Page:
Modern-day chloroplasts are the descendants of a photosynthetic cyanobacterium that took up residence inside the cytoplasm of a eukaryotic cell. Since this initial cohabitation agreement, the cyanobacterial endosymbiont has dumped most of its genome into the host eukaryotic genome. This creates an engineering nightmare: how do proteins, translated in the cytosol by the host ribosomes but intended for the chloroplast, end up in their site of action? Stroma- or thylakoid-localized proteins cross both outer and inner membranes and use a transit peptide (TP) to mark them for import. Their passage through each outer and inner membranes is facilitated by the TOC and TIC complexes (Translocon of the Outer and Inner Chloroplast membrane, respectively).
The situation is more elusive for proteins destined for the outer chloroplast membrane, which is related to bacterial outer membranes due to its (cyano)bacterial origin. Many outer membrane (OM) proteins contain β-barrel transmembrane domains and lack a TP. Two exceptions are the TOC component Toc75 and its paralog OEP80: both have a TP and a β-barrel. By systematically dissecting the contribution to import and membrane sorting of OEP80, Day, Inoue and Theg (2019) provide a consensus picture of the mechanisms used by plant cells to target proteins to the chloroplast OM.
Toc75 and OEP80 belong to the prokaryotic Omp85 superfamily of β-barrel membrane proteins. Although their primary structures are only 24% identical (and 41% similar), they share the same secondary structure: a TP, three polypeptide-transport associated domains (POTRA) that reside in the inter-membrane space (IMS), and a transmembrane β-barrel. Using in vitro chloroplast import assays or transient infiltration in Nicotiana benthamiana, the authors determined the contribution of the individual domains found in OEP80 to 1) import into chloroplasts, and 2) insertion into the OM (see Figure).
First, the authors confirmed that the TP of OEP80 is functional: deleting the first 93 amino acids prevents association of OEP80 with chloroplasts. In addition, the TP is processed following import by the stromal processing peptidase. These results could explain the lack of phenotype for the T-DNA allele oep80-3, which only removed the first 52 amino acids and still resulted in a plastid-localized protein (Patel et al., 2008). Surprisingly, further deletion of the POTRA domains restores proper chloroplast import, suggesting that 1) the OEP80 β-barrel is capable of chloroplast targeting, and 2) POTRA domains antagonize chloroplast targeting. Indeed, a fusion protein between the OM protein OEP24 and the β-barrel from OEP80 cannot be imported into the organelle, although OEP24 itself can. Adding the TP from OEP80 to this new protein restores import and reveals the role of the TP in Toc75 and OEP80: to combat the influence of POTRA domains, nevertheless critical for function. The transmembrane β-barrel itself provides the membrane anchor into the OM, in addition to acting as a functional TP in OM proteins without a TP.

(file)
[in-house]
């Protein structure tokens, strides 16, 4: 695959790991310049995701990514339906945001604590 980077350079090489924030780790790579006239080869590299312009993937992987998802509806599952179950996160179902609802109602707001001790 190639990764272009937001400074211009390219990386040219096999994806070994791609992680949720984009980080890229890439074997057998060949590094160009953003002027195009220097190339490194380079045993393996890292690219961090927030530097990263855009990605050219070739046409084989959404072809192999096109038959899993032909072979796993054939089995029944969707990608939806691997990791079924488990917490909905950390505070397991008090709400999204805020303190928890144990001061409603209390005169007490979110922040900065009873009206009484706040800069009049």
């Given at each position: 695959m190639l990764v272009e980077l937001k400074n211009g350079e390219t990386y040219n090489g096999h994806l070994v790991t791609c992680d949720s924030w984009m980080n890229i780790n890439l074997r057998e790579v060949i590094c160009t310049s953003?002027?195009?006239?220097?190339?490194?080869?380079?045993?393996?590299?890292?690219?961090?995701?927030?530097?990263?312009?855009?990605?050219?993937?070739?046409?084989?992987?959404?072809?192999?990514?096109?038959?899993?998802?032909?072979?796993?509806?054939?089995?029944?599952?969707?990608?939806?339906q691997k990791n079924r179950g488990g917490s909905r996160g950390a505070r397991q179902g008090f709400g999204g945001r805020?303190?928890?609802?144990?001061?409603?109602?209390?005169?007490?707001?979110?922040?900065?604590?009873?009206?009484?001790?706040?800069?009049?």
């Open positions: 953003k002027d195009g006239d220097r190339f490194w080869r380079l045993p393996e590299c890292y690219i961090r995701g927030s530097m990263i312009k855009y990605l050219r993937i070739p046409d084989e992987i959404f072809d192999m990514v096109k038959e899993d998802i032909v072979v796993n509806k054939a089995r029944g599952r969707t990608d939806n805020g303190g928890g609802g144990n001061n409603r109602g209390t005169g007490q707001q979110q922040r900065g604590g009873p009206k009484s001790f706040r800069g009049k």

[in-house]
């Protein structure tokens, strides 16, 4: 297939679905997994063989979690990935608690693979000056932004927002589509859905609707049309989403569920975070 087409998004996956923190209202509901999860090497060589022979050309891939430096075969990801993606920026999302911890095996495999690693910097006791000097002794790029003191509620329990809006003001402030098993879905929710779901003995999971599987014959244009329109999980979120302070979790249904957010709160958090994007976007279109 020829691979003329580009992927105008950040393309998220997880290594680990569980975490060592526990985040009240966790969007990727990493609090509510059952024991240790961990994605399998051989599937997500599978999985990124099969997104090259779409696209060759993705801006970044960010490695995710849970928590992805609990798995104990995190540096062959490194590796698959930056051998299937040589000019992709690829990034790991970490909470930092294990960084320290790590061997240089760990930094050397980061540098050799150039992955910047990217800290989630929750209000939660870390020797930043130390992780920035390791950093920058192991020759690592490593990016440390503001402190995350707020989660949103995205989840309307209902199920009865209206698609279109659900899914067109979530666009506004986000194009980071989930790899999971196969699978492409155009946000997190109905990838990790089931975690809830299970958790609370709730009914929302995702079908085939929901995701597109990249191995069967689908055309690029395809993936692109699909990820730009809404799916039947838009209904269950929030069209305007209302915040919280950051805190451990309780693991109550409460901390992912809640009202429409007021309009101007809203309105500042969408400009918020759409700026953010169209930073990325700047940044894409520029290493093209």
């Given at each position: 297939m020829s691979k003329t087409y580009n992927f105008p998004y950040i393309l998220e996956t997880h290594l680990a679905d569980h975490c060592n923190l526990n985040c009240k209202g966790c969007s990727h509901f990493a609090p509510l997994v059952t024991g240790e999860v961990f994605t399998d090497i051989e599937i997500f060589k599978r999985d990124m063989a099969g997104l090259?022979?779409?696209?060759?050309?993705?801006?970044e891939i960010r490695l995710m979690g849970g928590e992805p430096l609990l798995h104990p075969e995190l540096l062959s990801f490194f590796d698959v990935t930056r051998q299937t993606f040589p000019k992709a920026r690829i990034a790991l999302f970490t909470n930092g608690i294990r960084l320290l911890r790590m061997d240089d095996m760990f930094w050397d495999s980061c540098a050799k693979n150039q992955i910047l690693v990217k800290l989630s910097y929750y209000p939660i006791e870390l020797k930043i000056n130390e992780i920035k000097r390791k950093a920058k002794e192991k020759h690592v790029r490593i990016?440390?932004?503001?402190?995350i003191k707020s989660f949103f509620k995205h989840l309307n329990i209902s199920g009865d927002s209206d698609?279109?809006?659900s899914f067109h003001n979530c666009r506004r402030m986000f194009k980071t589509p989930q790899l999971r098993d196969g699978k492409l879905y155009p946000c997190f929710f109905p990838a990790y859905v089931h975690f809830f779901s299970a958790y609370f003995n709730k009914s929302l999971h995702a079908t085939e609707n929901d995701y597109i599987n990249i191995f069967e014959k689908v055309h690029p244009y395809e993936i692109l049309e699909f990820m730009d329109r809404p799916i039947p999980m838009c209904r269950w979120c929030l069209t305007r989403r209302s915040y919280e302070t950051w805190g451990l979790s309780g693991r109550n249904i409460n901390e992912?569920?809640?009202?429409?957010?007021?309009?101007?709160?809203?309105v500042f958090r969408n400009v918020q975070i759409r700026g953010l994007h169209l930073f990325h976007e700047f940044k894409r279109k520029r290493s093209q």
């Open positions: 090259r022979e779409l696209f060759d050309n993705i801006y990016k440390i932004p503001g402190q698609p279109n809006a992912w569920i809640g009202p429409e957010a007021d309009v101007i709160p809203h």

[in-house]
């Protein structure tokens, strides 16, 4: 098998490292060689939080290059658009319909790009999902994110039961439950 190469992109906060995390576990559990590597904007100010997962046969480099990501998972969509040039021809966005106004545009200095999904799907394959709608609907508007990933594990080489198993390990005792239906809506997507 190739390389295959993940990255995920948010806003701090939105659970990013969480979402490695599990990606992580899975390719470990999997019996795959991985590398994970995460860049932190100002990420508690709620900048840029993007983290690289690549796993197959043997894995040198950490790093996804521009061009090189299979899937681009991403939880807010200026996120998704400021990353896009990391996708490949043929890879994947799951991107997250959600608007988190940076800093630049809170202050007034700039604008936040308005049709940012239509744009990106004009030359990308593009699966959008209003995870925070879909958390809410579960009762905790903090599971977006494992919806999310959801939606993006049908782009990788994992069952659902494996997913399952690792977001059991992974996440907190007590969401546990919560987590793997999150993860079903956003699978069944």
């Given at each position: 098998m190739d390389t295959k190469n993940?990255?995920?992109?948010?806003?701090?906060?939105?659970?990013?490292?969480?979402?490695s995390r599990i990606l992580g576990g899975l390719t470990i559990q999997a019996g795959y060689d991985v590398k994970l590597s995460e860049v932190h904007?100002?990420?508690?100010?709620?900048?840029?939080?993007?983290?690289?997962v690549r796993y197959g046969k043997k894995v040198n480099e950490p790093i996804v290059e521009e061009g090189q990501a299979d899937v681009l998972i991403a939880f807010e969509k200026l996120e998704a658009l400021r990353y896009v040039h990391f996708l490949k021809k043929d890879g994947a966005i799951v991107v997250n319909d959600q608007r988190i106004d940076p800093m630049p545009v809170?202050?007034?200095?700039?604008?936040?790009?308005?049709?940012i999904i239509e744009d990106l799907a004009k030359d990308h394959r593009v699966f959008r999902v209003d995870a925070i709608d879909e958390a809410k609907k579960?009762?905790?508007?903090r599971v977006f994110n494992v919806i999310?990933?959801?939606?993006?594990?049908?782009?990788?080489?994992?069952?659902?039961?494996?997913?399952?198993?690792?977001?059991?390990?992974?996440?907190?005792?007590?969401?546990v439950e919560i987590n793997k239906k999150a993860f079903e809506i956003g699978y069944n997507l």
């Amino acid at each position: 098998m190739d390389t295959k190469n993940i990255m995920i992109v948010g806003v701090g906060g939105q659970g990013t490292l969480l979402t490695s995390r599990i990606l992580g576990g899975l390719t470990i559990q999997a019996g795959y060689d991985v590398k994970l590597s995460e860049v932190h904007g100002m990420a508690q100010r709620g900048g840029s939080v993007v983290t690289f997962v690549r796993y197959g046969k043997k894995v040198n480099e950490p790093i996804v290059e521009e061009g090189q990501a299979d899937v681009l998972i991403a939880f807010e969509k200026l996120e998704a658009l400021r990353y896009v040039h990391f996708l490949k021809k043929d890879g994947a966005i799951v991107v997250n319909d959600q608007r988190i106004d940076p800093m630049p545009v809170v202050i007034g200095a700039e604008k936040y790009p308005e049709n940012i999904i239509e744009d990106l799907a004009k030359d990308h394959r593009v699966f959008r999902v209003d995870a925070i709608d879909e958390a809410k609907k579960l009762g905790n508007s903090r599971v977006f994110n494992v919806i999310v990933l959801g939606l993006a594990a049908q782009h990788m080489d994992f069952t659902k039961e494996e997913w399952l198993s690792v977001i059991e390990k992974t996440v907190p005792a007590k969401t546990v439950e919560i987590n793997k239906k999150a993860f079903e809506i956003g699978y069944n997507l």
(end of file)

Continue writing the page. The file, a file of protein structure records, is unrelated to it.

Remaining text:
A classic plastid protein with a TP is the small subunit of RuBisCO (RSSU). It can be used to compete uptake of other proteins taking the same route through the TOC complex. The authors find that OEP80 import can be greatly decreased by the precursor form of RSSU (with TP), but not mature RSSU (without TP). The same is true for OEP24, which lacks a TP but contains a β-barrel. TOC components Toc75 and Toc159 can physically interact with OEP80 and OEP24 via their β-barrel and TP (when present). Therefore, β-barrel proteins enter through the TOC complex.
Open questions include how OM proteins with β-barrels escape the TIC complex. The fact that the TP from both Toc75 and OEP80 is cleaved suggests that the journey of both proteins does take them to the stroma for a while but is cut short by signal processing peptidase.
Day PM, K Inoue, SM Theg (2019). Chloroplast Outer Membrane β-Barrel Proteins Use Components of the General Import Apparatus. Published June 2019. DOI: https://doi.org/10.1105/tpc.19.00001
Patel R, Hsu S-C, Bédard J, Inoue K, Jarvis P (2008). The Omp85-Related Chloroplast Outer Envelope Protein OEP80 Is Essential for Viability in Arabidopsis. Plant Physiol. 148: 235–245.